“The question from our industry’s point of view is, what is a reasonable price to put on to it – and there is no answer to that.”

Pharmacy 44 was given a frowny face emoji on a new pharmacy pricing map on the Medical Cannabis Awareness NZ (MCANZ) website. But after Stuff’s inquiries, Edward promised to beat the price the Jeffries family was paying for Medleaf elsewhere.

“I’ve been in this game for 50 years – my motive is about caring for people who are less fortunate than myself,” he says.

Karen Jeffries says she’s happy with the way things have turned out, but hopes medical cannabis prices will continue to drop. The family estimates they’ve spent $36,000 on cannabis products – most of it covered by donations and fundraising.

In Auckland, Dr Mark Hotu​, of Green Doctors in Ponsonby, says some of the prices he’s seen for medicinal cannabis products in pharmacies have been “shocking”.

He started investigating about a year ago when a patient from Rotorua said they had been charged $560 for a bottle of Tilray which generally retailed in Auckland for between $350-$400.

“I thought, ‘there’s obviously price gouging’, so I thought I would do my own research.”

In centres outside of Auckland, he says, prices for Tilray were much more expensive. “I think the most expensive I found was a pharmacy . in Whanganui which was over $600.”

He puts it down to “pure greed”.

“I mean, they don’t do that with anything else. The whole thing with unapproved medicines, you can’t advertise your prices . I guess that kind of lends itself to be able to do a bit of price gouging.”

Hotu says his clinic tries to keep cannabis product prices as low as possible, with a small margin to cover costs.

Ben Latty, co-owner of Wellworks Pharmacy in Wellington, says he’s tried to take a “positive approach” to medicinal cannabis, putting small margins on products so they are accessible.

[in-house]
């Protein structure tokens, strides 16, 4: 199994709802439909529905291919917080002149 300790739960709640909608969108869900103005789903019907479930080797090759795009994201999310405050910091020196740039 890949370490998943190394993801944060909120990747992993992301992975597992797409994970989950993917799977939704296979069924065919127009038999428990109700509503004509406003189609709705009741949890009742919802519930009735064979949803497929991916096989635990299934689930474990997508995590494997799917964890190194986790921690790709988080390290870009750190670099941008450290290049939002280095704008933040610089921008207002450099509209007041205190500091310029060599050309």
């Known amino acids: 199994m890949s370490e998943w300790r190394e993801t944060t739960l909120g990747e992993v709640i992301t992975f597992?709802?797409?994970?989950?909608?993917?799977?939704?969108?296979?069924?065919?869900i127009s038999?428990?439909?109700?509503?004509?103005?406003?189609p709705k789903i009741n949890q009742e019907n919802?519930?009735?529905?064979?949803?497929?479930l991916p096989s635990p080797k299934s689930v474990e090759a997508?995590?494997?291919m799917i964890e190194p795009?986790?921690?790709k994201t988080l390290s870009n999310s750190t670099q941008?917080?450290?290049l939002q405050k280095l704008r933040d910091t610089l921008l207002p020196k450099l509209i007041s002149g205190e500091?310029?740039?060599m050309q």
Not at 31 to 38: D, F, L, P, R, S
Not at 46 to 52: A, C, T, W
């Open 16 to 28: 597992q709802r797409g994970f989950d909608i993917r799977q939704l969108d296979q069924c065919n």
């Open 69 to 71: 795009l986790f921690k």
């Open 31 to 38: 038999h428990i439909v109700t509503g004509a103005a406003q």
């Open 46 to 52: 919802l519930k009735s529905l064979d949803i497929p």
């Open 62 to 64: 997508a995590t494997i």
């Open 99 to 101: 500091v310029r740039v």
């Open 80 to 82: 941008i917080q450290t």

For example, he charges $230 for Medleaf CBD oil (100mg), which is a mark-up of about $20.

“Some pharmacies are taking the p. in my view, and they’re going up to $300, $400.”

He says adding a standard, computer-generated margin for expensive prescription medicines is not fair because it can add hundreds to the price.

“There’s a few pharmacies out there, probably more than a few actually, that probably haven’t quite got their prices sorted, and are just letting the computer pick a random price.”

Dr Waseem Alzaher is the founder of the Cannabis Clinic, which charges $290 for the 100mg Medleaf.

He accepts that price is higher than elsewhere, but says it’s about keeping the clinic viable while reducing barriers for patients as much as possible.

“We like to think we offset the cost through. our consultation costs – our consultations start at $79 and that’s the cheapest in the country.”

Debbie Brough, co-owner of McKenzie Pharmacy in Twizel, defends her pharmacy quoting $262 for a bottle of Eqalis, the cheapest of the CBD brands wholesaling for about $178 including GST.

She says there are extra costs associated with unapproved medicines, such as a “procurement fee”.

“We still have to pay our staff and pay our electricity, we can’t give it away. We’re not ripping people off, but we’re certainly putting a mark-up on, all businesses do that,” she says.

“In pharmacy, you can’t talk about pricing because that’s against the Commerce Commission – we can’t all get together and say we’ll do a flat fee – you’re not allowed to do that.”

Both bodies representing pharmacists – the Pharmaceutical Society and the Pharmacy Guild – declined to comment.

In a statement, the Ministry of Health reinforced the point about collusion.

“The Commerce Commission does not support any businesses . colluding on pricing. As a result, prices will vary between pharmacies,” the statement said.

“It is also worth considering that pharmacists must recover the cost of importing the medicine and other costs including the wholesaler mark-up, storage, packaging, delivering and the time in procuring and dispensing the product.

“Always ask your pharmacist about any possible fees.”